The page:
{"__v":4,"_id":"55097a674c7c3f2300aabf07","category":{"__v":16,"_id":"550974cc368a56170041475c","project":"55070e814bb83b2500ec9404","version":"550974cb368a561700414757","pages":["55097a674c7c3f2300aabf07","55097a8a4c7c3f2300aabf09","55097a92ad1f0523008ecbd4","55097a9faa9bd525001a065c","55097aa92dd6a11900e6e7b4","55097ab2ad1f0523008ecbd6","55097ac74c7c3f2300aabf0b","55097ace2dd6a11900e6e7b7","55097ad5dd77250d007369fa","55097adead1f0523008ecbd9","55097ae72dd6a11900e6e7b9","55097aefdd77250d007369fc","55097af8dd77250d00736a05","55097aff4c7c3f2300aabf0d","55097b07aa9bd525001a0660","55097b11dd77250d00736a07"],"reference":false,"createdAt":"2015-03-18T11:08:27.090Z","from_sync":false,"order":3,"slug":"database-interaction-through-models","title":"Database Interaction Through Models"},"project":"55070e814bb83b2500ec9404","user":"55070d24d30b3f190011b941","version":{"__v":1,"_id":"550974cb368a561700414757","forked_from":"55070e814bb83b2500ec9407","project":"55070e814bb83b2500ec9404","createdAt":"2015-03-18T12:51:23.709Z","releaseDate":"2015-03-18T12:51:23.709Z","categories":["550974cc368a561700414758","550974cc368a561700414759","550974cc368a56170041475a","550974cc368a56170041475b","550974cc368a56170041475c","550974cc368a56170041475d","550974cc368a56170041475e"],"is_hidden":false,"is_beta":false,"is_stable":true,"codename":"","version_clean":"1.4.0","version":"1.4"},"updates":["55560d92ea5e120d00188457"],"createdAt":"2015-03-18T13:15:19.549Z","link_external":false,"link_url":"","githubsync":"","sync_unique":"","hidden":false,"api":{"results":{"codes":[]},"auth":"required","params":[],"url":""},"order":0,"body":"Mapping objects in your application to records in your database tables is a key concept in Wheels. Let's take a look at exactly how this mapping is performed.\n[block:api-header]\n{\n  \"type\": \"basic\",\n  \"title\": \"Class and Object Methods\"\n}\n[/block]\nUnlike most other languages, there is no notion of class level (a.k.a. \"static\") methods in ColdFusion. This means that even if you call a method that does not need to use any instance data, you still have to create an object first.\n\nIn Wheels, we create an object like this:\n[block:code]\n{\n  \"codes\": [\n    {\n      \"code\": \"<cfset model(\\\"author\\\")>\",\n      \"language\": \"text\"\n    }\n  ]\n}\n[/block]\nThe built-in Wheels [model()](doc:model) function will return a reference to an `author` object in the `application` scope (unless it's the first time you call this function, in which case it will also create and store it in the `application` scope).\n\nOnce you have the `author` object, you can start calling class methods on it, like [findByKey()](doc:findbykey), for example. [findByKey()](doc:findbykey) returns an instance of the object with data from the database record defined by the key value that you pass.\n\nObviously, `author` is just an example here, and you'll use the names of the `.cfc` files you have created in the `models` folder.\n[block:code]\n{\n  \"codes\": [\n    {\n      \"code\": \"<cfset authorClass = model(\\\"author\\\")>\\n<cfset authorObject = authorClass.findByKey(1)>\",\n      \"language\": \"text\"\n    }\n  ]\n}\n[/block]\nFor readability, this is usually combined into the following:\n[block:code]\n{\n  \"codes\": [\n    {\n      \"code\": \"<cfset authorObject = model(\\\"author\\\").findByKey(1)>\",\n      \"language\": \"text\"\n    }\n  ]\n}\n[/block]\nNow `authorObject` is an instance of the `Author` class, and you can call object level methods on it, like [update()](doc:update) and [save()](doc:save).\n[block:code]\n{\n  \"codes\": [\n    {\n      \"code\": \"<cfset authorObject.update(firstName=\\\"Joe\\\")>\",\n      \"language\": \"text\"\n    }\n  ]\n}\n[/block]\nIn this case, the above code updates `firstName` field of the `author` record with a primary key value of `1` to `Joe`.\n[block:api-header]\n{\n  \"type\": \"basic\",\n  \"title\": \"Primary Keys\"\n}\n[/block]\nTraditionally in Wheels, a primary key is usually named `id`, it increments automatically, and it's of the `integer` data type. However, Wheels is very flexible in this area. You can setup your primary keys in practically any way you want to. You can use *natural* keys (`varchar`, for example), *composite keys* (having multiple columns as primary keys), and you can name the key(s) whatever you want.\n\nYou can also choose whether the database creates the key for you (using auto-incrementation, for example) or create them yourself directly in your code.\n\nWhat's best, Wheels will introspect the database to see what choices you have made and act accordingly.\n[block:api-header]\n{\n  \"type\": \"basic\",\n  \"title\": \"Tables and Classes\"\n}\n[/block]\nWheels comes with a custom built ORM. ORM stands for \"Object-Relational Mapping\" and means that tables in your relational database map to classes in your application. The records in your tables map to objects of your classes, and the columns in these tables map to properties on the objects.\n\nTo create a class in your application that maps to a table in your database, all you need to do is create a new class file in your `models` folder and make it extend the `Model.cfc` file.\n[block:code]\n{\n  \"codes\": [\n    {\n      \"code\": \"<cfcomponent extends=\\\"Model\\\">\\n</cfcomponent>\",\n      \"language\": \"text\"\n    }\n  ]\n}\n[/block]\nIf you don't intend to create any custom methods in your class, you can actually skip this step and just call methods without having a file created. It will work just as well. As your application grows, you'll probably want to have your own methods though, so remember the `models` folder. That's where they'll go.\n\nOnce you have created the file (or deliberately chosen not to for now), you will have a bunch of methods available handle reading and writing to the `authors` table. (For the purpose of showing some examples, we will assume that you have created a file named `Author.cfc`, which will then be mapped to the `authors` table in the database).\n\nFor example, you can write the following code to get the author with the primary key of `1`, change his first name, and save the record back to the database.\n[block:code]\n{\n  \"codes\": [\n    {\n      \"code\": \"<cfset auth = model(\\\"author\\\").findByKey(1)>\\n<cfset auth.firstName = \\\"Joe\\\">\\n<cfset auth.save()>\",\n      \"language\": \"text\"\n    }\n  ]\n}\n[/block]\nThis code makes use of the class method [findByKey()](doc:findbykey), updates the object property in memory, and then saves it back to the database using the object method [save()](doc:save). We'll get back to all these methods and more later.\n[block:api-header]\n{\n  \"type\": \"basic\",\n  \"title\": \"Table and CFC Naming\"\n}\n[/block]\nBy default, a table name should be the plural version of the class name. So if you have an `Author.cfc` class, the table name should be `authors`.\n\nTo change this behavior you can use the [table()](doc:table) method. This method call should be placed in the `init()` method of your class file.\n\nSo, for example, if you wanted for your `author` model to map to a table in your database named `tbl_authors`, you would add the following code to the `init()` method:\n[block:code]\n{\n  \"codes\": [\n    {\n      \"code\": \"<cfcomponent extends=\\\"Model\\\">\\n    <cffunction name=\\\"init\\\">\\n        <cfset table(\\\"tbl_authors\\\")>\\n    </cffunction>\\n</cfcomponent>\",\n      \"language\": \"text\"\n    }\n  ]\n}\n[/block]\n\n[block:api-header]\n{\n  \"type\": \"basic\",\n  \"title\": \"Models Without Database Tables\"\n}\n[/block]\nMost of the time, you will want to have your model mapped to a database table. However, it is possible to skip this requirement with a simple setting:\n[block:code]\n{\n  \"codes\": [\n    {\n      \"code\": \"<cffunction name=\\\"init\\\">\\n    <cfset table(false)>\\n</cffunction>\",\n      \"language\": \"text\"\n    }\n  ]\n}\n[/block]\nWith that in place, you have the foundation for a model that never touches the database. When you call methods like [save()](doc:save), [create()](doc:create), [update()](doc:update), and [delete()](doc:delete) on a tableless model, the entire model lifecycle will still run, including object validation and object callbacks.\n\nTypically, you will want to configure properties and validations manually for tableless models and then override [save()](doc:save) and other persistence methods needed by your application to persist with the data elsewhere (maybe in the `session` scope, an external NoSQL database, or as an email sent from a contact form).\n[block:api-header]\n{\n  \"type\": \"basic\",\n  \"title\": \"Columns and Properties\"\n}\n[/block]\nObjects in Wheels have properties that correspond to the columns in the table that it maps to. The first time you call a method on a model (or every time if you're in `design` mode), CFWheels will reflect on the schema inside the database for the table the class maps to and extract all the column information.\n\nTo keep things as simple as possible, there are no getters or setters in Wheels. Instead, all the properties are made available in the `this` scope.\n\nIf you want to map a specific property to a column with a different name, you can override the Wheels mapping by using the [property()](doc:property) method like this:\n[block:code]\n{\n  \"codes\": [\n    {\n      \"code\": \"<cfcomponent extends=\\\"Model\\\">\\n    <cffunction name=\\\"init\\\">\\n        <cfset property(name=\\\"firstName\\\", column=\\\"tbl_auth_f_name\\\")>\\n    </cffunction>\\n</cfcomponent>\",\n      \"language\": \"text\"\n    }\n  ]\n}\n[/block]\n\n[block:api-header]\n{\n  \"type\": \"basic\",\n  \"title\": \"Blank Strings and NULL Values\"\n}\n[/block]\nSince there is no concept of `null` / `nil` in ColdFusion (at least not in earlier versions), CFWheels will assume that when you save a blank string to the database it should be converted to `NULL`.\n\nFor this reason we recommend that you avoid having blank strings stored in the database (since there is no way to distinguish them from `NULL` values once they've been mapped to a CFWheels object / result set).","excerpt":"An overview of Object Relational Mapping (ORM) and how is it used in Wheels. Learn how ORM simplifies your database interaction code.","slug":"object-relational-mapping","type":"basic","title":"Object Relational Mapping"}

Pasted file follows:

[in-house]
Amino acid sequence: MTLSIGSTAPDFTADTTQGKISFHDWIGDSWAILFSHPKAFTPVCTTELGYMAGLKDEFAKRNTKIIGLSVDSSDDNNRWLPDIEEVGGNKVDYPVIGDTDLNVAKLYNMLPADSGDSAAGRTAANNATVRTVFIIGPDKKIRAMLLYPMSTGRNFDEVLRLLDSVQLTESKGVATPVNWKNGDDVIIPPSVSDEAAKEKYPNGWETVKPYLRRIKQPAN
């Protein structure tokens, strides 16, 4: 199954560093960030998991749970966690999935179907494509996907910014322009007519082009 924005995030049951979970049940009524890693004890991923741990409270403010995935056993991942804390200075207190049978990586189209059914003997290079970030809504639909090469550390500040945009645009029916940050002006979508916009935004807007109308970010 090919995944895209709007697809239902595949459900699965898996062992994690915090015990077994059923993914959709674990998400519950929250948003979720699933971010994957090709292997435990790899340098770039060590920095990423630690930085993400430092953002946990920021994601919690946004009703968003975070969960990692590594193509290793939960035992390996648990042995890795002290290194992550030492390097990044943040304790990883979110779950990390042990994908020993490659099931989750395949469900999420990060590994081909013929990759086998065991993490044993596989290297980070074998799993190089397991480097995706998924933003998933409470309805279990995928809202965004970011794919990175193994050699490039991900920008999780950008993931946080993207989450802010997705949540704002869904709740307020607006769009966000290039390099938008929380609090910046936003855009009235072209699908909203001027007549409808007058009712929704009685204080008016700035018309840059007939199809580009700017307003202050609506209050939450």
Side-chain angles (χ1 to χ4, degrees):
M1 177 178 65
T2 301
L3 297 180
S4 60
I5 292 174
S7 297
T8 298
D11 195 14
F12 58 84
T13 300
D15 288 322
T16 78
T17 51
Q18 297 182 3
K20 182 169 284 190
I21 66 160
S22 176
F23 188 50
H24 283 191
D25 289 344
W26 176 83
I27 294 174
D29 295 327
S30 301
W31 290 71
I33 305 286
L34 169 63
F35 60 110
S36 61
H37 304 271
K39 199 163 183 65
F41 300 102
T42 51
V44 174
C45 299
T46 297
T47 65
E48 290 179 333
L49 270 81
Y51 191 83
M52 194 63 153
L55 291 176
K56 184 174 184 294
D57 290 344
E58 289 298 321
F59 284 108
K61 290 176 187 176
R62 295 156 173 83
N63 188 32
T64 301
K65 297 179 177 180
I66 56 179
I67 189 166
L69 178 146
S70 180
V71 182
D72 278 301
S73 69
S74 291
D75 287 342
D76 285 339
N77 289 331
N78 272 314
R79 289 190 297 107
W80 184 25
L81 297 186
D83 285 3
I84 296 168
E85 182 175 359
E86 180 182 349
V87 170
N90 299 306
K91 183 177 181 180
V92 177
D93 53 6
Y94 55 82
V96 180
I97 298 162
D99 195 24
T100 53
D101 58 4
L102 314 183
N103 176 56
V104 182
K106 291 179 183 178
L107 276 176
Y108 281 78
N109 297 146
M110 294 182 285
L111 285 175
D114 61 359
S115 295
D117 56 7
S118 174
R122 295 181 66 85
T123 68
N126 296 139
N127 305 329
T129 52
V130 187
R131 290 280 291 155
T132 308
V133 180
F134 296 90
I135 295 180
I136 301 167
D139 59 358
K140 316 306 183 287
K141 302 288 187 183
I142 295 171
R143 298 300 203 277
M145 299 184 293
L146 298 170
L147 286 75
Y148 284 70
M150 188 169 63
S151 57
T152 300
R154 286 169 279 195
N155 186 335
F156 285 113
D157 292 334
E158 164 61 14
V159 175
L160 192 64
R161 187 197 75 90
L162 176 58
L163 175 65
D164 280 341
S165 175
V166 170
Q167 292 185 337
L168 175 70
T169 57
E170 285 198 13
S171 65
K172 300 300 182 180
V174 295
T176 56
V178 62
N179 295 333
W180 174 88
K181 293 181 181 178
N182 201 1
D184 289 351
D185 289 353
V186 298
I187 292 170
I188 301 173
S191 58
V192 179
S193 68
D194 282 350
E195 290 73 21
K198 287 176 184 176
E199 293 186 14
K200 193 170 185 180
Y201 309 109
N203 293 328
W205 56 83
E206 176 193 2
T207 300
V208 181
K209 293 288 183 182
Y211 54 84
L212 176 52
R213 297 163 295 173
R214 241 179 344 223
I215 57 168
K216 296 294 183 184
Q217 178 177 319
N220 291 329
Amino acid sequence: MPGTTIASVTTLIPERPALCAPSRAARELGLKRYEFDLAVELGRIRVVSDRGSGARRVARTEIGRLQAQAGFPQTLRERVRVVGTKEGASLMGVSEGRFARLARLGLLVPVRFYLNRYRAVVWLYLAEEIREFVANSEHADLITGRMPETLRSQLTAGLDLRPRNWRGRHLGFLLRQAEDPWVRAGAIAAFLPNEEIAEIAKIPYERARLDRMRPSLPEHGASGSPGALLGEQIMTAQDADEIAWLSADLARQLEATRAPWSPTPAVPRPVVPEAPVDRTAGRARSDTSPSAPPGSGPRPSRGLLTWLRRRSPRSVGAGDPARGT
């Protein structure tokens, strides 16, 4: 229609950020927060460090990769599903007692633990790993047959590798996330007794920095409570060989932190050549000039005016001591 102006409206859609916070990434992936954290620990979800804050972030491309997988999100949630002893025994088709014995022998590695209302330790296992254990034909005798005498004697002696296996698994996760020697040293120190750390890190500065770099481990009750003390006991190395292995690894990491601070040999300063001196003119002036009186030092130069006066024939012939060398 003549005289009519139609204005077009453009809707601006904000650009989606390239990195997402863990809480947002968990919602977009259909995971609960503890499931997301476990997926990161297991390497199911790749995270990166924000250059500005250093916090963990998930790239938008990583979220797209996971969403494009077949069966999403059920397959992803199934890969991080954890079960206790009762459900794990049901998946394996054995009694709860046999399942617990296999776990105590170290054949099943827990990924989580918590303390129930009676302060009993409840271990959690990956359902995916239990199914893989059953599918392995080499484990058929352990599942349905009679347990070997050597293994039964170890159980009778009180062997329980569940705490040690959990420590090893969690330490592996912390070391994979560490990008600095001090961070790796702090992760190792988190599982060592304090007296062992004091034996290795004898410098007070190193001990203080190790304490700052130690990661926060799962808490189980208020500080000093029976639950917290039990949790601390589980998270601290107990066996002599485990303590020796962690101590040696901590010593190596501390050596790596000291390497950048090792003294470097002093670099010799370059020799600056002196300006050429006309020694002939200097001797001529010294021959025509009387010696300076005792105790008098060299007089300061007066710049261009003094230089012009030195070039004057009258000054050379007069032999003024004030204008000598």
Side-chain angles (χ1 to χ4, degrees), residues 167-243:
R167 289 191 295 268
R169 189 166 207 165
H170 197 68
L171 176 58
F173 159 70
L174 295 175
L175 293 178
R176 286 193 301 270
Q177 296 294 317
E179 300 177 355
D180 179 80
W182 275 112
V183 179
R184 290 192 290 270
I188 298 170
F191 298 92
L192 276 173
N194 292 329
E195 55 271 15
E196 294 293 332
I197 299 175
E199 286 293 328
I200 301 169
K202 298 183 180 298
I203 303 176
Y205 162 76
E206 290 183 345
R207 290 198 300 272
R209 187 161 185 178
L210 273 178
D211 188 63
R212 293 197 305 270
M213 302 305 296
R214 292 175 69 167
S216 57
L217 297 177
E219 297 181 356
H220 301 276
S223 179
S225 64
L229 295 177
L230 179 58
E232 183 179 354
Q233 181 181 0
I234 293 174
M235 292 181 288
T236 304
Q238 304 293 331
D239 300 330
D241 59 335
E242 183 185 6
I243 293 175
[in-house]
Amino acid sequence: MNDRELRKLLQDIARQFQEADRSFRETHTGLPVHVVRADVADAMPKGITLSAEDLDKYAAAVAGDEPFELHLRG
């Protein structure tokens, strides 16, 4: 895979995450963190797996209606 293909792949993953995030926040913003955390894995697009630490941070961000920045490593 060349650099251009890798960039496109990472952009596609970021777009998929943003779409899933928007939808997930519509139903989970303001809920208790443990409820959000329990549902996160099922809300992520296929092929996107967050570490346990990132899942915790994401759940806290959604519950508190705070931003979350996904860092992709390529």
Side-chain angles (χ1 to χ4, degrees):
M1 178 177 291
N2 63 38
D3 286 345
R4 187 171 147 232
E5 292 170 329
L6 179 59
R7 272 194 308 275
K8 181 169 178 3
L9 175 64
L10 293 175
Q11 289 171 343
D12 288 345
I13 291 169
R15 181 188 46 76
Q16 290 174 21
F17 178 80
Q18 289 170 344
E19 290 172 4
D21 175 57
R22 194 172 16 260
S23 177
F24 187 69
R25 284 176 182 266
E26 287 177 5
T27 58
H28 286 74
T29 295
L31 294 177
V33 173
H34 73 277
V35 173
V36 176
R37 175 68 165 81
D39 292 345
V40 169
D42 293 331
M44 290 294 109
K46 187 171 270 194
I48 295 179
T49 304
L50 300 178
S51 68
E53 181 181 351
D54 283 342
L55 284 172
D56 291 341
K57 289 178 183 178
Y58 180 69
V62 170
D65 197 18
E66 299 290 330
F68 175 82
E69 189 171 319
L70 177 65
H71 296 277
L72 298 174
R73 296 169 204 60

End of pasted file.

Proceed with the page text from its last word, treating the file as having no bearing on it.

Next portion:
Object Relational Mapping